In many ways, it was a frustrating year. I spent much of it writing about the Israeli-Palestinian conflict, a subject so complex that I was often overwhelmed. I became intellectually insecure and frustratingly unproductive. Days of research often produced just one written page. More than once, I considered quitting the project and taking up something more manageable.But in retrospect, the lessons of the year are not so much about choosing my subject more carefully but about what I learned and how I learned it. Taking on a topic that was so complicated and potentially polarizing taught me lessons I had never learned from writing about subjects closer to my comfort zone. And because the subject was not just about facts but also about beliefs, I spent a good amount of time interviewing people who held a variety of opinions.
If there was a theme for my year, it would have to be the year of asking questions. I asked dozens of questions, not in the way I had ever asked questions before. I asked to understand points of view I found confusing and disturbing. I listened to people share stories of pain and anger, sorrow and frustration. I heard theories and diatribes, proposed solutions and defiant declarations. It was important to understand each so thoroughly that I could explain them. So instead of pushing back, I asked to hear more.
People from completely different points of view took the time to talk to me, to explain themselves, to answer my often ignorant questions. They were mostly kind, extravagantly patient, and willing to share resources. I rarely offered an opinion or reacted to what I heard. It wasn’t my place and my lack of expertise was profound. I needed to take in what was offered without filters.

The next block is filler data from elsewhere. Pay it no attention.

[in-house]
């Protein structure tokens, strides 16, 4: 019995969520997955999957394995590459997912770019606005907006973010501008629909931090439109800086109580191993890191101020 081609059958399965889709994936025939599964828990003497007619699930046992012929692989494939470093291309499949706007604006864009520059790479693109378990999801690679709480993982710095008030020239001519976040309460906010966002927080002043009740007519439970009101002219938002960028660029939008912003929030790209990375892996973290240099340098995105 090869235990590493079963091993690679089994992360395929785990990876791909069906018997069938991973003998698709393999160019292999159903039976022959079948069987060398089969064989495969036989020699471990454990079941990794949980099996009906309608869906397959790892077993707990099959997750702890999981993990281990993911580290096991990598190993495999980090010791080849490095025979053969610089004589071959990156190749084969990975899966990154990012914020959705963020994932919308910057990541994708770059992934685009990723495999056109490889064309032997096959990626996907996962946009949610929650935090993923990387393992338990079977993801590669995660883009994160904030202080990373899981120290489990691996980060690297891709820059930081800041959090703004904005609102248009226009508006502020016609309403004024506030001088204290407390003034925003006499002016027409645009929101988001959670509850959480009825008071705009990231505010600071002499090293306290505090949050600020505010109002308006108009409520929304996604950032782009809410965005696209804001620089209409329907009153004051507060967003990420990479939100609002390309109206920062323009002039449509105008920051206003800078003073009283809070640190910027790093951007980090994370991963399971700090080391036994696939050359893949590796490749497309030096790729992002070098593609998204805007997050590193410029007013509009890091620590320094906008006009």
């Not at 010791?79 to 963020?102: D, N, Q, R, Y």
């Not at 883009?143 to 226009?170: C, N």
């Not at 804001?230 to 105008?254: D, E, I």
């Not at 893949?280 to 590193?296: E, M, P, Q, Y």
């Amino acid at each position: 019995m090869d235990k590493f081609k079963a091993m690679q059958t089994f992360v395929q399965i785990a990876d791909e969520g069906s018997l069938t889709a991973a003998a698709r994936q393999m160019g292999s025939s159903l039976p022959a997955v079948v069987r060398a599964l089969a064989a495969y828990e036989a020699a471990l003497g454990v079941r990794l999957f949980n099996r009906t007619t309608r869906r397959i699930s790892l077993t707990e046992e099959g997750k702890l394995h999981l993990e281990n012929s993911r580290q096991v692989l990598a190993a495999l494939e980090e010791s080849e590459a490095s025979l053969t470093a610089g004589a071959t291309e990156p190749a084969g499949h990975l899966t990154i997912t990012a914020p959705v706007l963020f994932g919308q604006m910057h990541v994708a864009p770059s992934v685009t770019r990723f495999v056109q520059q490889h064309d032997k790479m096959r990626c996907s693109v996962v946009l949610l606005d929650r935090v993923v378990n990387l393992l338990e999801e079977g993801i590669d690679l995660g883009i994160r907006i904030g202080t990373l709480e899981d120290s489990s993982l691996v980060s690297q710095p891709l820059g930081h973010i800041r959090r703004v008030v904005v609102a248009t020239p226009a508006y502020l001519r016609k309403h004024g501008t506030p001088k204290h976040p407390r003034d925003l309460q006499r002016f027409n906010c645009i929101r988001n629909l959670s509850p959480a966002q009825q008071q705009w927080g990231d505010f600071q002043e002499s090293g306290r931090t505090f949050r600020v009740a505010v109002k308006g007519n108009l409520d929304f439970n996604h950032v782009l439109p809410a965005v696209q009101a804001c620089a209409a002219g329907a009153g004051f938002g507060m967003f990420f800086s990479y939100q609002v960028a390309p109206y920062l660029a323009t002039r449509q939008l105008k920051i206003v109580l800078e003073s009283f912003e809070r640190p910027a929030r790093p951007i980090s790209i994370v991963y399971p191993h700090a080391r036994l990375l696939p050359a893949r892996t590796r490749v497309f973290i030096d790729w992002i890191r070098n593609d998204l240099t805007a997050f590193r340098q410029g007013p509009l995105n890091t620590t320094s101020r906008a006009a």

Some of the people I interviewed wanted me to engage. It is, after all, a topic that elicits strong reactions from almost anyone. But most just seemed surprised and then grateful that I was truly listening to a view they held dear. The longer I spent listening, the more I realized that my ignorance was a gift. I wasn’t being disingenuous when I said, “I don’t really know enough to offer an opinion.” I asked to truly understand, not to argue.
In the end, I came to a place of empathy for a variety of opinions. Almost every person I interviewed graciously offered to help. Many spent hours reviewing my drafts and helping me articulate their point of view clearly. I made new friends who are so diverse I dare not mention one to the other. And even when I found some of their beliefs disturbing, I came to understand why they held them. Instead of stereotyping points of view or types of people involved in this conflict, I have new appreciation for the painful realities and conflicting narratives.
This year I learned to ask questions, not to be polite, or to elicit a quote for a story, or to act like I cared. I asked questions to truly understand. Not only did I learn a great deal about the subject, I learned even more about people. We are very much alike, even when we hold very different opinions. We mostly care about the people we love and about being safe. We care about justice even though we define it in many ways. And we want to be respected. We want someone to listen to our thoughts and try to truly understand who we are.